The event tubes (queues in beanstalkd speak) contain messages from the alarm integrator application for all events reported by the alarm system. These take the form of the following JSON message:

{"type": "alarm", "code": "123", "message": "event details string", "raw": "123ABC", timestamp: '1199145600'}

Because alarm systems are complex beasts with many hundreds of response types, we also add a type field indicating the nature of the event. You can then choose to write generic software that respects any alarm integrator by only actioning based on the types, or you can write more sophisticated rules that understand the native code, message or even the raw data itself.

If using the type codes, recommend also providing the message string through to the end user to help them determine what is taking place.

The following are the acceptable types:

Type Value Meaning
command Echo of any commands issued via the command tubes.
info Info/status messages from the alarm
armed Alarm is now armed (includes in delay arming)
disarmed Alarm is now disarmed
response Responses to commands (eg acks)
alarm An alarm has been triggered.
recovery An alarm condition has recovered.
fault A fault has occurred (eg phone down, power outage)
unknown Ummmm dunno... Flux capacitor on fire?

Command messages

The command tubes contain instructions for the alarm integrator to perform, such as arm/disarm, status etc.

These commands can be one of two formats, either a JSON command like the following:

{"type": "command", "code": "321", "message": "Human readable reference", "data": "Optional data/values to be sent", timestamp: '1199145600'}

Or a "simple" string command. These simple commands should be supported by all alarm integrators making it easy to add generic support for all supported alarm systems, whilst still being able to fire native commands as required.

Command Action
status Report status information from alarm
arm Arm the alarm system
disarm Disarm the alarm system
fire Trigger the panic alarm (for fire)
medical Trigger the panic alarm (for medical)
police Trigger the panic alarm (for police)

Application Security

There's no security/authentication between the components. The intention of this design is that you run all the applications on a small embedded dedicated alarm computer (like a Raspberry Pi) or on some VM/container where only trusted applications will be present and able to talk to the beanstalkd service. The beanstalkd instance should NEVER be listening on a network reachable port, make sure you always run it on localhost only.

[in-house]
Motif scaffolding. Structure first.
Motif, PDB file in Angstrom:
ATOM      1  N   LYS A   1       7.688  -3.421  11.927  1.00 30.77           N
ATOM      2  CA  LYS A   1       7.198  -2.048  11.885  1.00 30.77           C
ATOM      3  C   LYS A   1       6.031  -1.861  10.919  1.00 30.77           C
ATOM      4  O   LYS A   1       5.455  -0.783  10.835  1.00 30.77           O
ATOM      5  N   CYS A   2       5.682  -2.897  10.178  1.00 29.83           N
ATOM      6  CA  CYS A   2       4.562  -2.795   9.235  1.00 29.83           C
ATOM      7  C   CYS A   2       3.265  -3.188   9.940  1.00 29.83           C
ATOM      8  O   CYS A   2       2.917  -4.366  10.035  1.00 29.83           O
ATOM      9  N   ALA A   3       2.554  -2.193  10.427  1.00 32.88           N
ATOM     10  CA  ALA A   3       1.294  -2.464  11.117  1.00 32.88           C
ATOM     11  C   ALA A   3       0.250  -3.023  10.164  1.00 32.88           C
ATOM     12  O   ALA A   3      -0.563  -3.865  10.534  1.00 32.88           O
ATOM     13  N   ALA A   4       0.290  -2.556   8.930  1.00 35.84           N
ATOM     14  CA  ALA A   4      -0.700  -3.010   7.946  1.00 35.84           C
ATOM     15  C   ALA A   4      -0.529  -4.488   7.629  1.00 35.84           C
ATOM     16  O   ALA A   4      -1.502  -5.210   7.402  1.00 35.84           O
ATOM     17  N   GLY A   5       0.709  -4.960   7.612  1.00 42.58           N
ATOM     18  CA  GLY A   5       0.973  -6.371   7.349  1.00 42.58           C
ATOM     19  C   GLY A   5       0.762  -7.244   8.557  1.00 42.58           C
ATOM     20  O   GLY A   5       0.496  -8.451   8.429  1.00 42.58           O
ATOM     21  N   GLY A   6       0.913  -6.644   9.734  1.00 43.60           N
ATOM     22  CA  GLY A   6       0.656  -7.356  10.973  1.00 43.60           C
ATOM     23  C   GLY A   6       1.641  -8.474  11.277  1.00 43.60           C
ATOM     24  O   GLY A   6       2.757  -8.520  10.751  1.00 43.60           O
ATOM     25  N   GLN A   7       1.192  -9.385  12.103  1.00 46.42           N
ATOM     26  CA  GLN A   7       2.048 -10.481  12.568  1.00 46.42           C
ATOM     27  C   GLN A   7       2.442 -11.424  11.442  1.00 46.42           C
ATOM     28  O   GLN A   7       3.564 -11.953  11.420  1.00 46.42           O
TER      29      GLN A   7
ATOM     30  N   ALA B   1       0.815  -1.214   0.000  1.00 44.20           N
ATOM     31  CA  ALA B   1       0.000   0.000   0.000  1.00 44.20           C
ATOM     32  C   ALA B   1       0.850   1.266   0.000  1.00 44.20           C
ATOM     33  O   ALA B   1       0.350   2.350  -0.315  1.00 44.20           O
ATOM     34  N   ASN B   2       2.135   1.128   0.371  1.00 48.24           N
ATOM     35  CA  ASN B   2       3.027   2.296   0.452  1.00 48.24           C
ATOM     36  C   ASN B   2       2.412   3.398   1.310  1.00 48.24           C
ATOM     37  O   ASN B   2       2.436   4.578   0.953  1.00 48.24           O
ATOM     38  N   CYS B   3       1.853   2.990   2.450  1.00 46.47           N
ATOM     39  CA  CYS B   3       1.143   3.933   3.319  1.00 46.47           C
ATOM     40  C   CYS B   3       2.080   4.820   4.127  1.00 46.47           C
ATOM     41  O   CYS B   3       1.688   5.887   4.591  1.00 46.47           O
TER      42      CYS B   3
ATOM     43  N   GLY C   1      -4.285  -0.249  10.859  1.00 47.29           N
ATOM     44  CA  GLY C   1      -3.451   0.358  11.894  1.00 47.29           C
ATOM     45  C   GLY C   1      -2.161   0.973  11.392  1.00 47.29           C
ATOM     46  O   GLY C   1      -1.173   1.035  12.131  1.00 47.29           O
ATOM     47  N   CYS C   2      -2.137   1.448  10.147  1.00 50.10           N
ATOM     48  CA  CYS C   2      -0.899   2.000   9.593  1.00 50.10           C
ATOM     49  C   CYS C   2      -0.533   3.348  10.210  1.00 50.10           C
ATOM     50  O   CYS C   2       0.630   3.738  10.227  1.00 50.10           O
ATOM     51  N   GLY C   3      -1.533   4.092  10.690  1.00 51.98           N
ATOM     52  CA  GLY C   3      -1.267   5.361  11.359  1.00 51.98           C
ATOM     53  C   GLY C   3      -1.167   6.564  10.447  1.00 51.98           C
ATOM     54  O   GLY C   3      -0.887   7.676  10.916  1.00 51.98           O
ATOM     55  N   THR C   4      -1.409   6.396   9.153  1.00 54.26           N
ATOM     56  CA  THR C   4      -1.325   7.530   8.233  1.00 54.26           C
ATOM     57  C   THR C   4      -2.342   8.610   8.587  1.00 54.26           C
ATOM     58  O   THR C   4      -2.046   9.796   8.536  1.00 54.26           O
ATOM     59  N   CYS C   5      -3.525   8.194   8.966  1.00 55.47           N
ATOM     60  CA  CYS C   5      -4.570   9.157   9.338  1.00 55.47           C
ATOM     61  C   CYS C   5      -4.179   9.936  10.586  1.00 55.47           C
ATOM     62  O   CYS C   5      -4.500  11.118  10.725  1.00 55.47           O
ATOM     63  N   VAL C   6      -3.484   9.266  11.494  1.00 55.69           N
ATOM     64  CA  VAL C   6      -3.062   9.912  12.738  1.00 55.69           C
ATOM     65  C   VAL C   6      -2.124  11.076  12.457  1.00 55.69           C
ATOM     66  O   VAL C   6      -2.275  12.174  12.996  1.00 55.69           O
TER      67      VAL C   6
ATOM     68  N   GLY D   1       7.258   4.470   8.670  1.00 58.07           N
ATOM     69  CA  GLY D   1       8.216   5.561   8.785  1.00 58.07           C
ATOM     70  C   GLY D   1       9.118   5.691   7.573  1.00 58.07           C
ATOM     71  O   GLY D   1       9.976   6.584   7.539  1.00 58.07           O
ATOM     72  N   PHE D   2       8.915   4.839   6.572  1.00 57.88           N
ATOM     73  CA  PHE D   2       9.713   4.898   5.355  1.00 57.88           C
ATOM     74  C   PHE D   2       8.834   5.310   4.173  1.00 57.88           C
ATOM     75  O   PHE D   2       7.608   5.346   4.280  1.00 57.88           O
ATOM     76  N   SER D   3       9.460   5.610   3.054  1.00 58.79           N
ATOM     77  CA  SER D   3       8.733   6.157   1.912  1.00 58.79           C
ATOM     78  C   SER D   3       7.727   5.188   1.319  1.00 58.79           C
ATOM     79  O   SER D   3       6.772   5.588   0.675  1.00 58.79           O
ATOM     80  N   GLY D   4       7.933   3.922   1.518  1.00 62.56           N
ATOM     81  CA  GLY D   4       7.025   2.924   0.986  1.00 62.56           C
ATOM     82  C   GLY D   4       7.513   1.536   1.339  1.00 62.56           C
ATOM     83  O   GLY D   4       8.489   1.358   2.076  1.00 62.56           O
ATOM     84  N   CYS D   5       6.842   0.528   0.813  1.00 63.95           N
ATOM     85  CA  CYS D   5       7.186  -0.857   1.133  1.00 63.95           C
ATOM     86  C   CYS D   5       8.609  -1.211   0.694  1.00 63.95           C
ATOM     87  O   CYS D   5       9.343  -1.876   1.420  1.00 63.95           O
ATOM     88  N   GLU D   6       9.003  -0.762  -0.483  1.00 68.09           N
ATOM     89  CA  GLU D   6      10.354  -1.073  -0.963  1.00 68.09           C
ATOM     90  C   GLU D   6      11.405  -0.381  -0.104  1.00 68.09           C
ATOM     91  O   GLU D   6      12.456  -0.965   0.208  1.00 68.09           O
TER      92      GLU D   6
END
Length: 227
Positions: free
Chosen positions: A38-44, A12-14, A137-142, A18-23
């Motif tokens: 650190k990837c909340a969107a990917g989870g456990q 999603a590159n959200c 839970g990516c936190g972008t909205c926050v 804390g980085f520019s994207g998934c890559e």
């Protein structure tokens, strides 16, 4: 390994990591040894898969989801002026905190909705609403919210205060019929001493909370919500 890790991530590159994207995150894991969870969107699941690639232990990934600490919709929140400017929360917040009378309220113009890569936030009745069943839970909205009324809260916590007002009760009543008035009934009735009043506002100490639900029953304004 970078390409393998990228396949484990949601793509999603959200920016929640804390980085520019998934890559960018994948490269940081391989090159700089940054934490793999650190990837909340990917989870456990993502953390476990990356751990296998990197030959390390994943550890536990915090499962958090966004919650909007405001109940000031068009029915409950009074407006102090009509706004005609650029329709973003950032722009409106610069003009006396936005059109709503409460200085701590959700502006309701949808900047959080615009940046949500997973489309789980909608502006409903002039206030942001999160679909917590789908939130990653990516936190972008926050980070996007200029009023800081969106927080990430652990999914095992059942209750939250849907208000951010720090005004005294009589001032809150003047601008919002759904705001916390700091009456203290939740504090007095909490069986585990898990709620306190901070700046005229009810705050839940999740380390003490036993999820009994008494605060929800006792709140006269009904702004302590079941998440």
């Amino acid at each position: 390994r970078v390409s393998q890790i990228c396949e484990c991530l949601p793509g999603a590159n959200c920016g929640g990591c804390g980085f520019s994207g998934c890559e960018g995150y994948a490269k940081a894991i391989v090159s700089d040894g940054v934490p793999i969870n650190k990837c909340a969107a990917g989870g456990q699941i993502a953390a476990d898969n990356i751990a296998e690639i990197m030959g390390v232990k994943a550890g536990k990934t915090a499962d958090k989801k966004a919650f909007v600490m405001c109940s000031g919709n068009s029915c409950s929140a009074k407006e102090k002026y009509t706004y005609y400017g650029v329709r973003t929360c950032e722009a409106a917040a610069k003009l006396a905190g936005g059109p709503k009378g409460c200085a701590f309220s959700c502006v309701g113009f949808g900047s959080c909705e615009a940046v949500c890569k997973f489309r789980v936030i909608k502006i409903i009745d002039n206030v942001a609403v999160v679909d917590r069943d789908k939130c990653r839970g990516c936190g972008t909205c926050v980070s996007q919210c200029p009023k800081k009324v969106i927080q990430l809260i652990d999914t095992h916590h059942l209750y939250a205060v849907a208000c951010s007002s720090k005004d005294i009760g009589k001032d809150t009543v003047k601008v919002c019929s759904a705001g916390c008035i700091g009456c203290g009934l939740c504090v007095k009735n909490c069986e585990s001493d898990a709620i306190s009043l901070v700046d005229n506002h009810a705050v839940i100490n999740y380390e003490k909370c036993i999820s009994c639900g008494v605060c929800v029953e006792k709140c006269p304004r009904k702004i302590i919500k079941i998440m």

All security/validation/encryption should take place in your alarm consumers which take actions with the various events triggered. Some are easy, if you're doing purely push-only (eg trigger an SMS) the security is simple, but if you're accepting commands from an HTTP endpoint or app, you need to think carefully about user validation and potentially command/input validation as well.

About

Written by Jethro Carr primarily to support an Envisalink EVL-4 with a DSC PowerSeries alarm, however the design should make it adaptable for other system in future.

Credit to @dumbo25 for the original Envisalink code at https://github.com/dumbo25/ev3_cmd which has formed the base of the Envisalink integration in envisalinkd.py

Pull requests including docs, bug fixes, new alarm support, new alarm consumers, etc always welcome.

License

Unless otherwise stated, all source code is:

Copyright (c) 2016 Jethro Carr

Permission is hereby granted, free of charge, to any person obtaining a copy of
this software and associated documentation files (the "Software"), to deal in
the Software without restriction, including without limitation the rights to
use, copy, modify, merge, publish, distribute, sublicense, and/or sell copies
of the Software, and to permit persons to whom the Software is furnished to do
so, subject to the following conditions:

The above copyright notice and this permission notice shall be included in all
copies or substantial portions of the Software.

THE SOFTWARE IS PROVIDED "AS IS", WITHOUT WARRANTY OF ANY KIND, EXPRESS OR
IMPLIED, INCLUDING BUT NOT LIMITED TO THE WARRANTIES OF MERCHANTABILITY,
FITNESS FOR A PARTICULAR PURPOSE AND NONINFRINGEMENT. IN NO EVENT SHALL THE
AUTHORS OR COPYRIGHT HOLDERS BE LIABLE FOR ANY CLAIM, DAMAGES OR OTHER
LIABILITY, WHETHER IN AN ACTION OF CONTRACT, TORT OR OTHERWISE, ARISING FROM,
OUT OF OR IN CONNECTION WITH THE SOFTWARE OR THE USE OR OTHER DEALINGS IN THE
SOFTWARE.